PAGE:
Ben, what a bitter sweet piece. You have a wonderful rhythm and rhyme scheme going on here with some fantastic imagery which I always love.
Title - now, this makes ones mind wonder do you love acorns lol joking aside.. I reckon the acorn is significant as they're a hard nut to crack with I think indicates the love you have is great when its cracked, just my opinion.
1/ This reminded me a bit of Romeo and Juliet because they both want love but are unable to be with each other without one of them getting hurt which is the dreadful cost they had to pay for loving each other and I guess they would have been lonely holding this love for each other unable to show it, I know the feeling loving someone who couldn't possibly know.
2/ You are tired and fed up and here something beautiful happens to you yet still leaves you bitterly confused.. Why should something beautiful just happen to fall and leave you baffled. Hmmm.
3/ What an ending. I love this because to me it's saying no matter how old you or your love gets despite the terrible things that are said (most probably in an argument) that your love will never falter which to me is a lovely thing as it shows a real, honest love and that's what love should be about, thick and thin, sickness and health etc but very often it isn't, unfortunately.
I couldn't help but think of poor Newton and the apple landing on his head. Either way a eureka moment, well told.
Life has a funny way of maintaining equilibrium, taking and giving. I remember my dear gran passing away not long after my son was born. I always thought that, and still do, that she is looking down on him/us.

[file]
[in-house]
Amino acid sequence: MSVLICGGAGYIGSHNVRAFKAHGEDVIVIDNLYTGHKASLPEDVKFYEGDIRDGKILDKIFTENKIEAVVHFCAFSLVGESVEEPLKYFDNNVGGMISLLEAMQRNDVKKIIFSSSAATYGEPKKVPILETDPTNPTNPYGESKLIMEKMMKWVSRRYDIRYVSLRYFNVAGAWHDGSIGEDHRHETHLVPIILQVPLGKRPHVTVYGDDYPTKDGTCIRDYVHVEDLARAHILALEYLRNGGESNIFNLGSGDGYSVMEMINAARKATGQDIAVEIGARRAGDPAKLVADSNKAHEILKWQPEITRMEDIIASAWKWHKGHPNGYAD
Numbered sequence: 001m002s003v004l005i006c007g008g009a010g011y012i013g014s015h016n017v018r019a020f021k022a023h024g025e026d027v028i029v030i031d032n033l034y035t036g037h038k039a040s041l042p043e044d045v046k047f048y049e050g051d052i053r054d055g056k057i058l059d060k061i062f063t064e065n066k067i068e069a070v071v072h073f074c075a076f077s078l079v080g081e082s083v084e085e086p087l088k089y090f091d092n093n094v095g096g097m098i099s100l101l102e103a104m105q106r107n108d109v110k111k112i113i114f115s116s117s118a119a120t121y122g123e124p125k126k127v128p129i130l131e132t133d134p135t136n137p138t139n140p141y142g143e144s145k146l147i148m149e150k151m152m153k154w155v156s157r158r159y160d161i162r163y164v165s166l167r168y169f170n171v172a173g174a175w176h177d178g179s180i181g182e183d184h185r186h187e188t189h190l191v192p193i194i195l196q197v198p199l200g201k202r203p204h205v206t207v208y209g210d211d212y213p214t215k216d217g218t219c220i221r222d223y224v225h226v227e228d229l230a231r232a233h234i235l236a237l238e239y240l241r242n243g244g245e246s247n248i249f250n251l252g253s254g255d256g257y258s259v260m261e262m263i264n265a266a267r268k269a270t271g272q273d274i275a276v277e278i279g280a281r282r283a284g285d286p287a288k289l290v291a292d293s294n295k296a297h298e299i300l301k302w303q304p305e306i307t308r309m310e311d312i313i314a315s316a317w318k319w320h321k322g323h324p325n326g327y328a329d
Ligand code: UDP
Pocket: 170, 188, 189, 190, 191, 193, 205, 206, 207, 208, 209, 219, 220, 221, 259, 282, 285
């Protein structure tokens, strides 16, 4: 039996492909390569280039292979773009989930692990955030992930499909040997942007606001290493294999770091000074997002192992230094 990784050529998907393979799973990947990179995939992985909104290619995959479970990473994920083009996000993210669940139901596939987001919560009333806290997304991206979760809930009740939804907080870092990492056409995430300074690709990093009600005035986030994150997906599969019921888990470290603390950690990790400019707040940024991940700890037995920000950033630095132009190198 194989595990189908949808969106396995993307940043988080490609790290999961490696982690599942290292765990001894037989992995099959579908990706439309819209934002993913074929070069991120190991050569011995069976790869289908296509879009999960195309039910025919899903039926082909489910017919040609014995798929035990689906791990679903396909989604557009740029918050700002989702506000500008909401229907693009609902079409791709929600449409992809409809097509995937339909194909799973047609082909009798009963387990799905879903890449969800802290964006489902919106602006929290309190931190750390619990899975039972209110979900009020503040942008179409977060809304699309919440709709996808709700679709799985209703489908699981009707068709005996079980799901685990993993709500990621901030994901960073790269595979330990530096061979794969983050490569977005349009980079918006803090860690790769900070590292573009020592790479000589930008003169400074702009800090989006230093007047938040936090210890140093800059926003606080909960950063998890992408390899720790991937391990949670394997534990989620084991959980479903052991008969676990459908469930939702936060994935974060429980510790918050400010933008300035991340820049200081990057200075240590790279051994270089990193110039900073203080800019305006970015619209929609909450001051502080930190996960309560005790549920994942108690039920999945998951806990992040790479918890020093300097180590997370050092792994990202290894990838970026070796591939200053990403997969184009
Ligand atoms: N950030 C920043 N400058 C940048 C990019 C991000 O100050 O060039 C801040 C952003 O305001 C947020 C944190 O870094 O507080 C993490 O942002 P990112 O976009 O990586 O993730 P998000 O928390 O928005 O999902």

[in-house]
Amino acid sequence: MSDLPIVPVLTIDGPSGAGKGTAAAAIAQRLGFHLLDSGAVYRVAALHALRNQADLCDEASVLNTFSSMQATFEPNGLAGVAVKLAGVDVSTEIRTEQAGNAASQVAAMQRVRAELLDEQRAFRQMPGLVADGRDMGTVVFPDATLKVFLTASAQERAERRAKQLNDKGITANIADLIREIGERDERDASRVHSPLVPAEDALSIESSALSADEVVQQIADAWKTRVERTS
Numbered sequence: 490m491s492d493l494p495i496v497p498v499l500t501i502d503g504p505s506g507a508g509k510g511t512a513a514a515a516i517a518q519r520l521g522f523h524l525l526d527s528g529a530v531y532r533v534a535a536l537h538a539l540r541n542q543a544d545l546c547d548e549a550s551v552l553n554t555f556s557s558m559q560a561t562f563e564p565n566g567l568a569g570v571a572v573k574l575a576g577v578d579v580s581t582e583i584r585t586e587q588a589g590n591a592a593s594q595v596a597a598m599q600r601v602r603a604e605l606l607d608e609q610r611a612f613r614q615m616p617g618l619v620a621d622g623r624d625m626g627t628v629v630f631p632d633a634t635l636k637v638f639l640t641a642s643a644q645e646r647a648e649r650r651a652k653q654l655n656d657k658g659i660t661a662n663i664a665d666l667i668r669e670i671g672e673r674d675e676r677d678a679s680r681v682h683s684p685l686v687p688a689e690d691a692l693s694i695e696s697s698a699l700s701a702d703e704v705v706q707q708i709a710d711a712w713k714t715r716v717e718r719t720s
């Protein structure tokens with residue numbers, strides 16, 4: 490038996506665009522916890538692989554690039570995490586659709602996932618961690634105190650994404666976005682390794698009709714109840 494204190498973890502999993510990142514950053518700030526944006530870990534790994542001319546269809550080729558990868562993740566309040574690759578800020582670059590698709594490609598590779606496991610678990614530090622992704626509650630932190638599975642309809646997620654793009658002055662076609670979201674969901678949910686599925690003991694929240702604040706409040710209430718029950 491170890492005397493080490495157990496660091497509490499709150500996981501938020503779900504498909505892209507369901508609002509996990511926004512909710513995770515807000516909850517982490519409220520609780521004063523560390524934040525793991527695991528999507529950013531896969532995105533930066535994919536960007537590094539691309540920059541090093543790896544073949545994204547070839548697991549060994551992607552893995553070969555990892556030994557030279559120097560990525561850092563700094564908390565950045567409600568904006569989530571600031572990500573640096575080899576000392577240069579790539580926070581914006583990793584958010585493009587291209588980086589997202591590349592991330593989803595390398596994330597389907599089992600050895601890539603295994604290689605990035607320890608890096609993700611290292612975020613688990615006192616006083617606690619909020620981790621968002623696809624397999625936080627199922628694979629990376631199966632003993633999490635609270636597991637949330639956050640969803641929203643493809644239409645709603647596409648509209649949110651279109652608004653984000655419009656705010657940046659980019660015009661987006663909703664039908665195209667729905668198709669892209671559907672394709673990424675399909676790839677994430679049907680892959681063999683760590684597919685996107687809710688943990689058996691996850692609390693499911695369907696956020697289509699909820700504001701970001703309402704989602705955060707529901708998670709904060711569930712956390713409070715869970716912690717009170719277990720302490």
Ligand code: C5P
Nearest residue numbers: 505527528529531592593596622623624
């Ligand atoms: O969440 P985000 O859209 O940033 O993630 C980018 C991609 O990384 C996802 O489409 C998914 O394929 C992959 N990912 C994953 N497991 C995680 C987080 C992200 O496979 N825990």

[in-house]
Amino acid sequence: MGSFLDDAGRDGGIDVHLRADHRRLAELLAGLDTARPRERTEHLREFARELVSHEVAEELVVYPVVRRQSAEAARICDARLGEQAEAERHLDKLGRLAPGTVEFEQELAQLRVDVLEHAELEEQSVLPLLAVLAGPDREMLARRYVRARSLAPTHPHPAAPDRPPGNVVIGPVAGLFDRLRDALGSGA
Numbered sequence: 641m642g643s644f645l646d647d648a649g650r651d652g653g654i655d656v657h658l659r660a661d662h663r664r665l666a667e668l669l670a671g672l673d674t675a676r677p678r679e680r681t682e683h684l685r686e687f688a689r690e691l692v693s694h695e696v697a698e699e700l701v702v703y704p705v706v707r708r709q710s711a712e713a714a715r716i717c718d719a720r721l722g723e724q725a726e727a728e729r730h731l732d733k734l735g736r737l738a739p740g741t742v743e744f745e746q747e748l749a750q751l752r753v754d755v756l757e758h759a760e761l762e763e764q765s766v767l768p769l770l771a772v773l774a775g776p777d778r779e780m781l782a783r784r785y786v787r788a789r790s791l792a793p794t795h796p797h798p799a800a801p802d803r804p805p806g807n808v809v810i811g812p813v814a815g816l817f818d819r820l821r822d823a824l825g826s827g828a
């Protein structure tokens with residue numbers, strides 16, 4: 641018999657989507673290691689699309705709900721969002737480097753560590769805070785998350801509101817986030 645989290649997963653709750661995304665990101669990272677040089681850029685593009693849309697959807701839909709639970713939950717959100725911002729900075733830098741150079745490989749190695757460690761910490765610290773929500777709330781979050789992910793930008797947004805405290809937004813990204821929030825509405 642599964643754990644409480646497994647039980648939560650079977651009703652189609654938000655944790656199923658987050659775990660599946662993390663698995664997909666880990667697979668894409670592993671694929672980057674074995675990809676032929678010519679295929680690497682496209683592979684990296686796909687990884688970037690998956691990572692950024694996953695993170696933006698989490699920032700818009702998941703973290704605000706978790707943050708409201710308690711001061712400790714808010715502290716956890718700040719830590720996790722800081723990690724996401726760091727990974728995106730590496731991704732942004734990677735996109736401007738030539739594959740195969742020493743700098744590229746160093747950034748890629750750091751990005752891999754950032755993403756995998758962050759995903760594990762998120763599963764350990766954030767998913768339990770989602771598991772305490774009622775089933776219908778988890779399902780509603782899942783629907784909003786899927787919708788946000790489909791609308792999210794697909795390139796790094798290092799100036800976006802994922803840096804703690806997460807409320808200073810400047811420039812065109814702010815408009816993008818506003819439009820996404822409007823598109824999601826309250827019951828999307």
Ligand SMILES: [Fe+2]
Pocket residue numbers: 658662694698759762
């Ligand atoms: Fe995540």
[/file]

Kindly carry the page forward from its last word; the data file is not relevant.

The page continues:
Ben, just lovely write. It's difficult when the person you love doesn't feel the same. Then nature comes along and just about smacks you with that moment and clarifys everything in a cruel twist. Nature will always win that battle. Well done-
Your rhymed and metered poetry is created like a web from a spider's multiple spinnerets. Each line forms a thread to be entangled with the other lines and woven into a stronger cord.
It calls to mind Bogart's line in Casablanca: "the problems of [two] little people don't amount to a hill of beans in this crazy world." In the cosmic scheme what happens to these two people is lost in the complexity of galaxian events.
However, to the people involved, as with the solitary acorn, it matters a lot. Saving this acorn from the squirrels is like carrying the exquisite painful death of the failed love with you, endowing the essence of the episode into the seed - you have created a horcrux.
This is brilliant, Ben, and wonderful to read.
You always amaze me with your amazing writing skills...and your ability to take something as simple as an acorn falling from a tree and turn into an inspiring piece about love.
Take care :)